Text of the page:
A Question Of Attraction

attraction
The way in which we dress invariably has an impact on the way we are perceived by members of the attracting sex. From my perspective, a woman I perceive to be well-dressed would naturally attract more attention, even though she may not be the most attractive woman in the room; being ‘well-dressed’ is unusual. It is a sign of self-assuredness and quality of mind. However, I often wonder how important it is for my contemporaries to exaggerate or understate their own personal style in order to retain the attraction of those they wish to attract.

If I were to ask certain friends of mine whether this was a serious consideration when shopping for clothes, there would be a mixture of responses. One response would ridicule the idea of shopping to please another person. This scoff would be further qualified with suggestions that men should identify first and foremost with themselves – if the women aren’t interested, are shocked or put off, so be it.

Another response would carry a certain caution; that some of my friends are not willing to appear ridiculous, though they would dearly love to express themselves in the clothing they dream of. There is in these respondents an itching desire to be free from the convention of the day but it is a tiny flame, easily doused by the waves of insecurity. They also confess to a strange comfort in anonymity.

Then there are those who would respond, quite honestly, that they often plead with girls, generally ones they are not attracted to, to go shopping with them in order that they do not select items which would compromise the image they wish to project. They are not always shy in nature. They are simply cautious. They tend to enjoy being single, have a varied social circle and, most importantly, consider sexual attraction the most important pastime in their lives.

Some of them have no interest in clothing at all. The majority however have come to recognise the importance of ‘standing out’ when playing the field. However, there are many things they just will not do. One of my friends asked me why I wear bow ties. I informed him it was because I liked wearing them. He responded that he could never wear one unless it was part of his evening wear. Vaguely intrigued by his commonplace response I asked him why: “Because” he said “I’d look like a tit!”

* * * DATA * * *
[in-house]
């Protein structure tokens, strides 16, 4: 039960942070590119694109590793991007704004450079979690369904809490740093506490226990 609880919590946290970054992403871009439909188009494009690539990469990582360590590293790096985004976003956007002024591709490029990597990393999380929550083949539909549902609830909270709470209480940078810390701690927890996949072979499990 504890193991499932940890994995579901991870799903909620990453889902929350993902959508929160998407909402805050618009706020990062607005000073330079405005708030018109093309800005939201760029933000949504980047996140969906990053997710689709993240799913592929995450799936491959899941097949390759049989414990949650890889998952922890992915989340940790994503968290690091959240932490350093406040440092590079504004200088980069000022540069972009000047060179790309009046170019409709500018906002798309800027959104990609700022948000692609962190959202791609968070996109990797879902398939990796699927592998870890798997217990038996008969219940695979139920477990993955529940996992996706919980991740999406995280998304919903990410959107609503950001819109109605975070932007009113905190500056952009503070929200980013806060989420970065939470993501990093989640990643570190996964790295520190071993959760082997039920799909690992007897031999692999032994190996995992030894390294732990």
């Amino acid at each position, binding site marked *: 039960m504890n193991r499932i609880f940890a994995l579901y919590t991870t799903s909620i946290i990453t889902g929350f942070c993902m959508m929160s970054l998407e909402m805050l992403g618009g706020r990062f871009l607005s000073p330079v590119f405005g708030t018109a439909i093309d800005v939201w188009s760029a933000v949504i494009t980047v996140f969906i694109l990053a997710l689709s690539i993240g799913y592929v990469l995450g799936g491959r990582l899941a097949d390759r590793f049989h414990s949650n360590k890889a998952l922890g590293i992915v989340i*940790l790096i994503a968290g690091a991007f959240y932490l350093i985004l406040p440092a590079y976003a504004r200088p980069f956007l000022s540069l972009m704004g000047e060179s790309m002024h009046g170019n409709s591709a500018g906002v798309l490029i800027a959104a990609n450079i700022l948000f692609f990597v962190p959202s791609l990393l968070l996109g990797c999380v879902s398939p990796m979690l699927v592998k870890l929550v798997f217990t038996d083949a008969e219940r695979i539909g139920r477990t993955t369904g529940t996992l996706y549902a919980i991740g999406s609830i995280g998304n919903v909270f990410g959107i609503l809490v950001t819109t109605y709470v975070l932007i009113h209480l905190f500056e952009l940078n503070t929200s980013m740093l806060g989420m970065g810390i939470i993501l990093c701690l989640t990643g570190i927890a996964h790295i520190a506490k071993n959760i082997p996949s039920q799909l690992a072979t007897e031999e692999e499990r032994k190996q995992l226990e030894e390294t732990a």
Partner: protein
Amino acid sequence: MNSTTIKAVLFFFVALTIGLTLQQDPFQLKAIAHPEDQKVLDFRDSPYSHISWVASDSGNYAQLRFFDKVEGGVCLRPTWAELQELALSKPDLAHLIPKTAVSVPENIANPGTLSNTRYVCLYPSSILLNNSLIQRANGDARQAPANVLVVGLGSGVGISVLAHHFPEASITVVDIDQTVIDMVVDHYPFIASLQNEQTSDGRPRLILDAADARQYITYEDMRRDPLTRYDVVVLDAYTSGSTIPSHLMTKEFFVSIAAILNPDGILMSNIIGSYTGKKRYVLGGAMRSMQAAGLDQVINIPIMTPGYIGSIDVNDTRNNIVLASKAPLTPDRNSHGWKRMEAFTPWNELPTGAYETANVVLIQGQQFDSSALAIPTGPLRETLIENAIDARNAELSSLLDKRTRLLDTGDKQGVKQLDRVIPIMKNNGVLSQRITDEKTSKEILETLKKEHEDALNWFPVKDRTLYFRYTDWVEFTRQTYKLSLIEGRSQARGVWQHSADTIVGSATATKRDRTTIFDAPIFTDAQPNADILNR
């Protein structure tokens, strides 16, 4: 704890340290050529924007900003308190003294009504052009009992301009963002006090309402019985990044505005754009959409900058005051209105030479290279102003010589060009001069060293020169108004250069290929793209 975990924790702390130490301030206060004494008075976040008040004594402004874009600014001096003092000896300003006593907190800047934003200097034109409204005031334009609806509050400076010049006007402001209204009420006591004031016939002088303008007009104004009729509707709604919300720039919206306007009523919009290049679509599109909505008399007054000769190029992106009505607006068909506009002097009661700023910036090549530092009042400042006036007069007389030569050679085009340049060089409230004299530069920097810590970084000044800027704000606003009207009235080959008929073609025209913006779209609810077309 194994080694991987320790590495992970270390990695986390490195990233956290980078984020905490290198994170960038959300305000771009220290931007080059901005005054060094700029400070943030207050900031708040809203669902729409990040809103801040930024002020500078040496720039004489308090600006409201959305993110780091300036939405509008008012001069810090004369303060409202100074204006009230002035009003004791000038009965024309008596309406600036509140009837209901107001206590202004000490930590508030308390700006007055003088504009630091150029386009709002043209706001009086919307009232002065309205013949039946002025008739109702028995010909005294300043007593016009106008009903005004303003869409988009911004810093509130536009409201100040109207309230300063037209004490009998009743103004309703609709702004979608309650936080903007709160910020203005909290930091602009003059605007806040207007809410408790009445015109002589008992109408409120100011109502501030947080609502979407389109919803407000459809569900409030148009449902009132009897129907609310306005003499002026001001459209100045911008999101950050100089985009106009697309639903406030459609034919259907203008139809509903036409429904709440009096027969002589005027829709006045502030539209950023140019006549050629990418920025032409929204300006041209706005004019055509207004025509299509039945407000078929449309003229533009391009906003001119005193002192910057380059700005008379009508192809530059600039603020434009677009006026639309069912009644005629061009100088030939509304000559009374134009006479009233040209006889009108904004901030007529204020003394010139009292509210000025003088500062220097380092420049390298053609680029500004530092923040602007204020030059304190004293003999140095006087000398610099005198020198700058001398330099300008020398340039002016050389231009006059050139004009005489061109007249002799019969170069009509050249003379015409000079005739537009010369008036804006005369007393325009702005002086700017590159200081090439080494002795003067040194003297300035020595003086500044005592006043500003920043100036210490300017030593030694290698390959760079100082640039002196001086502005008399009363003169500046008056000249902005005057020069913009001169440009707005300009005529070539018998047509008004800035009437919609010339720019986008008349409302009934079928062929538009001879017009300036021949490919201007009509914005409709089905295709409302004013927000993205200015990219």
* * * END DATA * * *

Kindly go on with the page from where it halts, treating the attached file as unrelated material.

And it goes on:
Looking as ‘different’ as that is generally considered by men to be a non-starter in the attraction department, especially for heterosexual men. Indeed, even women can be rather scornful and abusive about men who they accuse of ‘trying too hard.’ Though they may quietly applaud the bravery of a man of idiosyncratic style, they generally have an asexual response to extraordinarily well-dressed men.

When I proffered photographic examples to some women (three in their twenties, two in their forties) recently for their opinions on the approachability and attractiveness of the gentlemen concerned, the immaculately and idiosyncratically dressed men – aside from Johnny Depp – received very low responses for reasons of ‘stiffness’ and ‘utter absence of sexual appeal.’ The moderately well-dressed gentlemen – jacket, trousers/jeans, no tie, no pocket square or other accessories – received the highest response. The reasons given were ‘ease of dress’, ‘avoidance of fuss’ and consequently, ‘strong sexual connection.’ The badly dressed men didn’t score as well on the whole but they often scored far higher than the immaculately dressed men, even amongst the older women, for reasons of ‘brazen sexuality’ and ‘gruff masculinity.’

When I suggested to these female respondents that it was preposterous of women to moan about badly dressed men when they themselves credited them far higher than those who practice clothing perfection, they agreed: it is preposterous, they said, and it makes absolutely no sense that somehow their sexual mind should prefer scruff over splendour. However, they suggested it has far more to do with current perceptions of fashion and style – not to mention the fact that they are but a tiny sample “I bet loads of girls” one of them said “would think a guy in a bow tie was hot as hell…” – and that there are likely to be perfect partners for every category of gentlemen presented. Lastly, I asked them to state, in their experience, taking into account all the possible views of their sex what they considered the ‘safest’ route to take to secure attractions. Without hesitation, they all selected the moderately well-dressed gentlemen.

The irony of all this is that gentlemen who fall into the category of the ‘immaculate’ might very well tone down their more eccentric ensembles when consorting with single women – and, when fully ensconced in a warm and loving relationship, take the first opportunity to express who they really are; “Honey! I’m breaking out the bow tie…”